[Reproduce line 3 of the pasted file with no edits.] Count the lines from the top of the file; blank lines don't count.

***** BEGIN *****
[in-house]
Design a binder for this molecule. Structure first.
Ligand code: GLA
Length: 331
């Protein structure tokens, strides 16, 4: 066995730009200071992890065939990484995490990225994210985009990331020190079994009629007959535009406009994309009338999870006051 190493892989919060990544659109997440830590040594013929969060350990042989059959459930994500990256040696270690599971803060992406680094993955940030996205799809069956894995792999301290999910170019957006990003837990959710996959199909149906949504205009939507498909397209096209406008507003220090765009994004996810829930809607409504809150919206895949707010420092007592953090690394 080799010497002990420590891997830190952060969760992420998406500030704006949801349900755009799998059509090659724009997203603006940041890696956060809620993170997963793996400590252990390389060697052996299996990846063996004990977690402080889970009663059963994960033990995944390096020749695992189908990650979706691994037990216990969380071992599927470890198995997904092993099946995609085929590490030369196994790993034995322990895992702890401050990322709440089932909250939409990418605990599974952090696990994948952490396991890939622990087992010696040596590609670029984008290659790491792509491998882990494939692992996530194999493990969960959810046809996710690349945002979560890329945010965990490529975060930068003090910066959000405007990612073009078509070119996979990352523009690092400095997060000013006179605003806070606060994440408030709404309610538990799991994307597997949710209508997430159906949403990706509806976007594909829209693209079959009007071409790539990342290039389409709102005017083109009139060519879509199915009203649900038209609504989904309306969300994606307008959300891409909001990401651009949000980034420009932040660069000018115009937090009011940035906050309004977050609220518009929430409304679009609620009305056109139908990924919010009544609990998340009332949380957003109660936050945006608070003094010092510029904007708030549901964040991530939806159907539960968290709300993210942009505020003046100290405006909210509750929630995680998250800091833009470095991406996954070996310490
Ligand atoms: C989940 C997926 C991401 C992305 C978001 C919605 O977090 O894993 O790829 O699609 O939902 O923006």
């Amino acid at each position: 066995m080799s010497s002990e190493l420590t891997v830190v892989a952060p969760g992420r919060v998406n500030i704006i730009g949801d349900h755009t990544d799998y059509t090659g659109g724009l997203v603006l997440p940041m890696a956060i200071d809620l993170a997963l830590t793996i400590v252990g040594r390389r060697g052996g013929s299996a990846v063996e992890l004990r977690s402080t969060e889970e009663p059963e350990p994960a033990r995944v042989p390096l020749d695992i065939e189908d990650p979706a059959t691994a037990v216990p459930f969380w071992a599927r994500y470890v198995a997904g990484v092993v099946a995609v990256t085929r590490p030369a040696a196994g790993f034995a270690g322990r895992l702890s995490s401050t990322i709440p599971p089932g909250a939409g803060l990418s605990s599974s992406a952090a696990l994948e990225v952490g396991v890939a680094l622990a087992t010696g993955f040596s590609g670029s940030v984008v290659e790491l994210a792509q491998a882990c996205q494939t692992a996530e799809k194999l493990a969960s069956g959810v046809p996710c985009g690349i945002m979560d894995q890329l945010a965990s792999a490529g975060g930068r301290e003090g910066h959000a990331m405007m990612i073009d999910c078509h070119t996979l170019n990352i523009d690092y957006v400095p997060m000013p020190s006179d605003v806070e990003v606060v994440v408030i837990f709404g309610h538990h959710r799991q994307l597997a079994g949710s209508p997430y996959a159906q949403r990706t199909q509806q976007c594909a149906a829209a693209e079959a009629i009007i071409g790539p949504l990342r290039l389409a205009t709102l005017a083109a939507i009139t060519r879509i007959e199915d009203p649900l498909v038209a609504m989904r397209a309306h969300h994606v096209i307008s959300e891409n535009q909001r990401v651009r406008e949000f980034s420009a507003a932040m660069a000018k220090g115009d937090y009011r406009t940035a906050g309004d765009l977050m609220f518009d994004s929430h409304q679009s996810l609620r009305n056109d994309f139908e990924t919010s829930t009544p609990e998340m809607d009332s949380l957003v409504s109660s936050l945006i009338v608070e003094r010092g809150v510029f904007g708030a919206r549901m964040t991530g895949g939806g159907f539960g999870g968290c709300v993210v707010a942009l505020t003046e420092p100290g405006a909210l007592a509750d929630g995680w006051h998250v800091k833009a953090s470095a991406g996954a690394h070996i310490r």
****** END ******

Ligand code: GLA